NeoCon has once again come and gone and this year’s show marked the 50th year of bringing the latest and greatest in the commercial design world to Chicago’s Merchandise Mart. The show presented a host of innovative textiles and workspace offerings that can and will change the landscape of offices and other commercial settings for years to come. Brands are spending more time focusing on noise reduction, privacy, and comfort, with aesthetics and ergonomics playing a key role. Check out below to see some of our favorite finds at this year’s NeoCon.
Ghislaine Viñas launched her first-ever textile collection – the Curious Crowd collection with HBF Textiles where she was inspired by sea slugs and jellyfish. The colors, patterns, and shapes are reflected in the collection of six designs, which include Ms. Quilty, Captain Bubble, Sir Stripe-A-Lot, Sister Solid, Madam Dottie, and Mr. Dimple.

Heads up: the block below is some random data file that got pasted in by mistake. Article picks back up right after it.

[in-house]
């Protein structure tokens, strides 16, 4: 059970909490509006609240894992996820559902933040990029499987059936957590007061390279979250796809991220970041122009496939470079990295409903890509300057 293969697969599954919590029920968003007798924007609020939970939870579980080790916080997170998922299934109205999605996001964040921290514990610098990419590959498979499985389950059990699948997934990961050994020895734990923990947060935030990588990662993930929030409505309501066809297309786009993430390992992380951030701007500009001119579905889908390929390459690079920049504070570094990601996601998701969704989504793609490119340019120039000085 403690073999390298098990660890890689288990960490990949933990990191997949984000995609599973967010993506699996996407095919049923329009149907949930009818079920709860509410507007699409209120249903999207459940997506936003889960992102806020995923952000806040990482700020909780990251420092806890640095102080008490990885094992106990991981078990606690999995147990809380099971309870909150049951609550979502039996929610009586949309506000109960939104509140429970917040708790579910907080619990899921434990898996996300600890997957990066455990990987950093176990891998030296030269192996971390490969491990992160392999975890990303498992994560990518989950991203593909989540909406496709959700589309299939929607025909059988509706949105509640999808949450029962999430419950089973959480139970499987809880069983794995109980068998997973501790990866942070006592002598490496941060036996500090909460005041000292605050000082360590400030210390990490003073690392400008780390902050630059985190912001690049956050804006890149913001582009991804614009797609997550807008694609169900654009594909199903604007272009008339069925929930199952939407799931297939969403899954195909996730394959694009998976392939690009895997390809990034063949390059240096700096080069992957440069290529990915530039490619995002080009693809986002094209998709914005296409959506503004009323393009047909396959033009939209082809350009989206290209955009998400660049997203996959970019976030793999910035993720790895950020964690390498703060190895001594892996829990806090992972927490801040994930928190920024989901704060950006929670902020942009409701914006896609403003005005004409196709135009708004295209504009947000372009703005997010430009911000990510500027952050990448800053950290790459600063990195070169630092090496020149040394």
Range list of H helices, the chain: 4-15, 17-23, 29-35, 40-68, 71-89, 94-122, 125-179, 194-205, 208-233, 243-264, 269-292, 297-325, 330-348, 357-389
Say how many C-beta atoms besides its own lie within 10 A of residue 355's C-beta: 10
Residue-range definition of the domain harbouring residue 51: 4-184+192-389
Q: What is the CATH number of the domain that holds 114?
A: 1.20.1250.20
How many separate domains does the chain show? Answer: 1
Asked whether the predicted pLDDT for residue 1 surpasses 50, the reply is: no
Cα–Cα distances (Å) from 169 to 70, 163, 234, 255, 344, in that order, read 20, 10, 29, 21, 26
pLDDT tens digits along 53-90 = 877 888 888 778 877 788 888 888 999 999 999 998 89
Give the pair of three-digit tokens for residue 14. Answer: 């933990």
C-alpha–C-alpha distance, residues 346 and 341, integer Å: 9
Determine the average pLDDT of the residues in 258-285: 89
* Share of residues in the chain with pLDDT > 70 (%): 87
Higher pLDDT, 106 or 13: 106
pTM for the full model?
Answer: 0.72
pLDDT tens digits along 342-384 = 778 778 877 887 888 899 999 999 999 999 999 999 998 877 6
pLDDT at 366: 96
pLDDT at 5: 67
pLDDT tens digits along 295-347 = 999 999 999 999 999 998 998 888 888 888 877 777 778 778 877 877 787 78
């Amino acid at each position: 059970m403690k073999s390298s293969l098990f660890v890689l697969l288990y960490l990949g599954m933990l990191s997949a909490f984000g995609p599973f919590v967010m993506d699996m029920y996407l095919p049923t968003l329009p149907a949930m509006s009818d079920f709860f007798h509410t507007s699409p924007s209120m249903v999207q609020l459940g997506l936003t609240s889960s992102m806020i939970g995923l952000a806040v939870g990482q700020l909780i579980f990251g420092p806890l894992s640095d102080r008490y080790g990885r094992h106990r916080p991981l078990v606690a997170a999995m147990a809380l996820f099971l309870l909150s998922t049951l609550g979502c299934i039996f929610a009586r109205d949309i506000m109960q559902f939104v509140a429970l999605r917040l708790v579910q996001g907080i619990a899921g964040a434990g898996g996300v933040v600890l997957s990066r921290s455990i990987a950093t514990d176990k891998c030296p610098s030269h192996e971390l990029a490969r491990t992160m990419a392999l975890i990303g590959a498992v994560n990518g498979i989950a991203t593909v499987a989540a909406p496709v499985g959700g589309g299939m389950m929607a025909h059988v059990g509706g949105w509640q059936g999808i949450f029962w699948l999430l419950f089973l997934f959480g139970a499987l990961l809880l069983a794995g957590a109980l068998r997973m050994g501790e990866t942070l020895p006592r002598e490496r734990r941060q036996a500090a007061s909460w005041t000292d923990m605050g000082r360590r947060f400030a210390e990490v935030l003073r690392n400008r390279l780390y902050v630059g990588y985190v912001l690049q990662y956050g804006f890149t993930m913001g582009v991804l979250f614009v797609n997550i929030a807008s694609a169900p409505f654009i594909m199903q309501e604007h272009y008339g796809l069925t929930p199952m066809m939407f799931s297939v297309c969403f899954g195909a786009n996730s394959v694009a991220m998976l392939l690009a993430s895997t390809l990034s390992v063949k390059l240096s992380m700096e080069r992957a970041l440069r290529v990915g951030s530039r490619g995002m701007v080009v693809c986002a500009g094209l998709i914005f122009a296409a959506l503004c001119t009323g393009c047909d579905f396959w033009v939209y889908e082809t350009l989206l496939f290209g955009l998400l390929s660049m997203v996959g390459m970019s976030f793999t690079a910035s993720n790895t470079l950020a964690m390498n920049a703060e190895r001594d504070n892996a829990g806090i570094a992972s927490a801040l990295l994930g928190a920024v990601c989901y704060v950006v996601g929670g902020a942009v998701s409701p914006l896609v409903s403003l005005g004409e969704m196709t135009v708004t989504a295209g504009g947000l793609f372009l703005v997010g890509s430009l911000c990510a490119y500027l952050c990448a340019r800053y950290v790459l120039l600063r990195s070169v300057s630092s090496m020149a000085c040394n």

Shaw Contract partnered with Form Us With Love on Inside Shapes, a collection of carpet tiles that go in a whole new direction. The collection comprises four tile shapes that come in 12 colors, which means the possibilities are endless. If coming up with your own pattern is too much, you can always go with one of the 17 premixed options available.
Another release from Shaw Contract is their PET Resilient product line of sustainable flooring that’s made from 40% post-consumer PET plastic, which means there are 16 recycled plastic bottles per square foot. Palette is the first collection and it features digitally printed surfaces, including the terrazzo-inspired one above.
The Designtex 5×5 collection was made in partnership with Crypton and it featured five contemporary artists who were asked to design a pattern to be digitally printed on Crypton fabric. Each of the five patterns comes in five colorways.
Arc-Com presented a lot of new textiles with geometric patterns in striking color palettes and we couldn’t choose just one favorite.
In addition to new commitments to sustainable practices, Interface launched a collection called Visual Code, which includes this high-pile tufted design called “Overedge” that gives the look of a homey throw rug but with easier installation, and the durability and safety of a carpet tile.